It will never happen. But sometimes it’s worth imagining things that will never happen. It’s a scene that deserves to be transposed onto those photos in which Iran’s Zarif, honored guest at the Palais, focus of attention by six world powers, sits sanitized and smiling under the crystal chandeliers of Vienna.

Sure, an Iran nuclear deal might work as envisioned by the White House — as long as it’s enforced by some power more functional than the crew that is concocting this deal in the first place.

If a deal finally emerges from the latest diplomatic hoopla in Vienna, maybe the Obama administration should farm out the monitoring and enforcement to an outfit that actually keeps its promises and meets its deadlines. Say, Federal Express. Or the Bombay lunchbox delivery system. As it is, the Iran nuclear deal reportedly taking shape is one that, instead of dismantling Iran’s nuclear infrastructure, would aim merely to keep Iran at least a year away from nuclear breakout.

This would require rapid detection of any cheating by Iran, swift confirmation of the problem, and decisive response — one timely and effective enough to stop Iran in its tracks.

In whose fantasies would it really work that way?

The negotiations themselves tell us plenty about the problem. Consistent features of the talks have been delays and missed deadlines, as Iran has wrangled, balked, equivocated, and contradicted in public what U.S. officials have described as “agreed upon” in private. More than 19 months have passed since an interim deal was struck in Geneva, the Nov. 24, 2013 Joint Plan of Action (JPOA) that set out terms for the talks. Under the JPOA, the time frame envisioned for the talks was six months. But it took a while to get things organized, so the talks actually began on Feb. 18, 2014, with a July 20, 2014 deadline for a final, comprehensive deal.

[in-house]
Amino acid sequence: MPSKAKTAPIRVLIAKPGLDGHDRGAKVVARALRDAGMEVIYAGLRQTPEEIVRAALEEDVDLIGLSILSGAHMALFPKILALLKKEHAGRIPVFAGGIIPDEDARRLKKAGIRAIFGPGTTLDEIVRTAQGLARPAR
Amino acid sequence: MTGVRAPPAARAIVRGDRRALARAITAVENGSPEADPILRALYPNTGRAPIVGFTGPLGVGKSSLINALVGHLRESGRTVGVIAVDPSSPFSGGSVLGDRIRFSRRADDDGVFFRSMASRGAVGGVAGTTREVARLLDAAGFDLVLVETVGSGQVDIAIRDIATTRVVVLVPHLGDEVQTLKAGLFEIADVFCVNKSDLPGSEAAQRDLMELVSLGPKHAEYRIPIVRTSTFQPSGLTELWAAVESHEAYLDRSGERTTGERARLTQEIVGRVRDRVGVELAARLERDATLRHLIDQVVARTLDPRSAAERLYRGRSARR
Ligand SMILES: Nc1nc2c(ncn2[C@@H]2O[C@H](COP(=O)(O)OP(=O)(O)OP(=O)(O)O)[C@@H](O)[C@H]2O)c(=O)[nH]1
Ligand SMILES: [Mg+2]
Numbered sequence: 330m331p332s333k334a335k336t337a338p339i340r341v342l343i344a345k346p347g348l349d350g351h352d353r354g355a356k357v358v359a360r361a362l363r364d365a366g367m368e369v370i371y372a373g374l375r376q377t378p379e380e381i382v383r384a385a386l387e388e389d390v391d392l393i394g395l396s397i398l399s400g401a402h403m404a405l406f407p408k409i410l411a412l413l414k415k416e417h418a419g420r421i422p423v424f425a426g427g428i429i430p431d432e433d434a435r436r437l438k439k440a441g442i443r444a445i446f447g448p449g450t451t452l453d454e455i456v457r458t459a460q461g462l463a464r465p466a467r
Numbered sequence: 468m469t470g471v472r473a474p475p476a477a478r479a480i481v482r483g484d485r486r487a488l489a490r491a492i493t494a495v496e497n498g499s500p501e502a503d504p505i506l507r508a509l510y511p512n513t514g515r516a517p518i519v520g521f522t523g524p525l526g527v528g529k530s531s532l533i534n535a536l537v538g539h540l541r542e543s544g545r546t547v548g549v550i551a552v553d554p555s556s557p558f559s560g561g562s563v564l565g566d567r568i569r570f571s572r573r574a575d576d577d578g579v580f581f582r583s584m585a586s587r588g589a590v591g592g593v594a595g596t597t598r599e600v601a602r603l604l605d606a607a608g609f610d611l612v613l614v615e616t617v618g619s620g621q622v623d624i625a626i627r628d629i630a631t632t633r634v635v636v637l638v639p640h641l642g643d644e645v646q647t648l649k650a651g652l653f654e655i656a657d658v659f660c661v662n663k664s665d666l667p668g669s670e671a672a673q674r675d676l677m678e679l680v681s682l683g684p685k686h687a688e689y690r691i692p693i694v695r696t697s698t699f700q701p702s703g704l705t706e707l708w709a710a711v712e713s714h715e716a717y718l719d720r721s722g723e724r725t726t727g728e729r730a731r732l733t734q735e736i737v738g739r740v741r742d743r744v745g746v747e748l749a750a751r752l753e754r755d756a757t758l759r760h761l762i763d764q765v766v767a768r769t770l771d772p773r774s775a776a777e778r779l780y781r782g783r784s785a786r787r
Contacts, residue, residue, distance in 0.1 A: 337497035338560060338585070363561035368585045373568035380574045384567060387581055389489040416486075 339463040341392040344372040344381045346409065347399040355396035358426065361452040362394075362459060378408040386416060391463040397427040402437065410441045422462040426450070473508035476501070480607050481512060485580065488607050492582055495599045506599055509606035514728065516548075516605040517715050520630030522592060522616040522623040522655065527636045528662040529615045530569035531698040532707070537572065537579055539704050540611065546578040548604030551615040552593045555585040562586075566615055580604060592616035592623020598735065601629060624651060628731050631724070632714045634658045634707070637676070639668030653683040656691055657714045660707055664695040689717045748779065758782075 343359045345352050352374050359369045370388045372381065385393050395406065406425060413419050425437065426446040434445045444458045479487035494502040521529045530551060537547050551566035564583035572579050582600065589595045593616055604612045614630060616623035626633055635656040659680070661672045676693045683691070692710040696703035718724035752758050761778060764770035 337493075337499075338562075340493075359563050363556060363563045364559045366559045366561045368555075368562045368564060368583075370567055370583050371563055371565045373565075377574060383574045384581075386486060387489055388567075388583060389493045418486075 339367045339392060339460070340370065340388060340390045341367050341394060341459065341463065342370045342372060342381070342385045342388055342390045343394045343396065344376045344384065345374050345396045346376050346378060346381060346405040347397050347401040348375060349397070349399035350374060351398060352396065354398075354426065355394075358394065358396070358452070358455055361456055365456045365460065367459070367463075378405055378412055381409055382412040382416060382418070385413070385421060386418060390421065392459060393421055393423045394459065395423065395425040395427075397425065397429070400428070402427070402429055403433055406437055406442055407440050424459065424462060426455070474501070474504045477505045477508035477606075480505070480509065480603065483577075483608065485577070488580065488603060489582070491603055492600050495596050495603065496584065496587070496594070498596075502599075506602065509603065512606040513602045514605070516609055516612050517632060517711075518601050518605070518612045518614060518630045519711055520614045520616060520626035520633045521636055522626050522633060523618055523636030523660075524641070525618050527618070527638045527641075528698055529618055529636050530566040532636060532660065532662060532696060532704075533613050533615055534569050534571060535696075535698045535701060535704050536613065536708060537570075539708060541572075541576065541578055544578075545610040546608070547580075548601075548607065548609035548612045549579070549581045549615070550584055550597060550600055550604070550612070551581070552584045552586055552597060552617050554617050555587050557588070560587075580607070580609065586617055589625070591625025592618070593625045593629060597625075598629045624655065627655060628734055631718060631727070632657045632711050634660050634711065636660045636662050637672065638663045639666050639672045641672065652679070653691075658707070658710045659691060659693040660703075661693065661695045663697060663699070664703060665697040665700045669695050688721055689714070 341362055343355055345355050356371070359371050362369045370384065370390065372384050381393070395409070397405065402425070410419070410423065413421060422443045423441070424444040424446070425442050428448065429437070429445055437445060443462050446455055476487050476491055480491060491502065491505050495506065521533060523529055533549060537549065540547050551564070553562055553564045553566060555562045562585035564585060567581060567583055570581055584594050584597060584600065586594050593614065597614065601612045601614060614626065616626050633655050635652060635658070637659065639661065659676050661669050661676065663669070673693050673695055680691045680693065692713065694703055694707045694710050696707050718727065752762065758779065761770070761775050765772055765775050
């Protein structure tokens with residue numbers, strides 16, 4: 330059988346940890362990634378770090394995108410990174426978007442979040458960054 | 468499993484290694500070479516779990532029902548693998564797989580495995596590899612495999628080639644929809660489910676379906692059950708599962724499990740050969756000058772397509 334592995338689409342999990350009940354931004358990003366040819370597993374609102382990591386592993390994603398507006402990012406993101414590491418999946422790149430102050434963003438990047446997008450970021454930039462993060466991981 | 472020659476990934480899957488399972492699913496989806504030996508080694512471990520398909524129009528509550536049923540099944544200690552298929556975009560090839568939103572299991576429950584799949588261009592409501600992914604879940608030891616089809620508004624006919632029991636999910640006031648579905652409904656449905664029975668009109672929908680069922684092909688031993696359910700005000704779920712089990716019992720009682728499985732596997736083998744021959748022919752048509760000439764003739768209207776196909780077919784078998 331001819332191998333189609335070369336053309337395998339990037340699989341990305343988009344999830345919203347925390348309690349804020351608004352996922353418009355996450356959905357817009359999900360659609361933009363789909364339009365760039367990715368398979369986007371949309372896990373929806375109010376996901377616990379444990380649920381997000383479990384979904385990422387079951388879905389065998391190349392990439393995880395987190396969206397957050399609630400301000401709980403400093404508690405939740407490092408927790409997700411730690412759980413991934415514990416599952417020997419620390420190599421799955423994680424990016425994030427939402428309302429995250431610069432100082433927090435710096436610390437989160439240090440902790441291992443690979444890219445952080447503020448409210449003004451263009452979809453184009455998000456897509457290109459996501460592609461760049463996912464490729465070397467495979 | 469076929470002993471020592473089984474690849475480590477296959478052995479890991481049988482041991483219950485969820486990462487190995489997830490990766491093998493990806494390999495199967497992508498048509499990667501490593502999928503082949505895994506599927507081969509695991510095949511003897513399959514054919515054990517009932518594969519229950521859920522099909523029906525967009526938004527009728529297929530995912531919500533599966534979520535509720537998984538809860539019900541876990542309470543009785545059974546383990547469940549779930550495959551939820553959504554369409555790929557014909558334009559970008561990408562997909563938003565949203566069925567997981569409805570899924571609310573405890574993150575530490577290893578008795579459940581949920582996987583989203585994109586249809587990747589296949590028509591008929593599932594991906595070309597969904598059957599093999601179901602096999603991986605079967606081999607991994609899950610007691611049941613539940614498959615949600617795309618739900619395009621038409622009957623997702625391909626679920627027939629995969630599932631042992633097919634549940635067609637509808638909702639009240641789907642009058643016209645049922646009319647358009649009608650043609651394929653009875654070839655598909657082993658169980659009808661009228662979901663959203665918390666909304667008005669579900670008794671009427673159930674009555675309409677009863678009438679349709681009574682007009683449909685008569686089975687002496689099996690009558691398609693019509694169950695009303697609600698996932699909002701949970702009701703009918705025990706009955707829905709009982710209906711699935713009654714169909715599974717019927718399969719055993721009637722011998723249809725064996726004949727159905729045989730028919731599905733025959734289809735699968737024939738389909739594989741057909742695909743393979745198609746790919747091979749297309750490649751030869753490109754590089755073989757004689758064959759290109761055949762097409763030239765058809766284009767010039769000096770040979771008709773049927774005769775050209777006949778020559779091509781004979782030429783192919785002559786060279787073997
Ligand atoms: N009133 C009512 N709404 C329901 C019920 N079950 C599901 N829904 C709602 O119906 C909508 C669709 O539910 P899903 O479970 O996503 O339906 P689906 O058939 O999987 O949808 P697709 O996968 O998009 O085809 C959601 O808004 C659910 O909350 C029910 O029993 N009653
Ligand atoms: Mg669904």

There was no deal by that July deadline. So a new deadline was set, for Nov. 24, 2014. There was no deal by that deadline, so another deadline was set for June 30, 2015.

That’s today. And while we can’t rule out a surprise announcement of a done deal, the negotiators have been saying they have more work to do. They need more time.

And small wonder. In order to produce a deal that defers to Iran’s insistence on such dangerous absurdities as the “inalienable right” to enrich uranium, the U.S. and its P5+1 negotiating partners (Russia, China, France, the U.K., and Germany) have been haggling with the Iranians over an agreement with so many moving parts that it takes relays of technical experts working around the clock to keep track of what’s being agreed to.

Here’s how a senior U.S. administration official described the condition of the draft agreement on Monday in a background briefing to the press: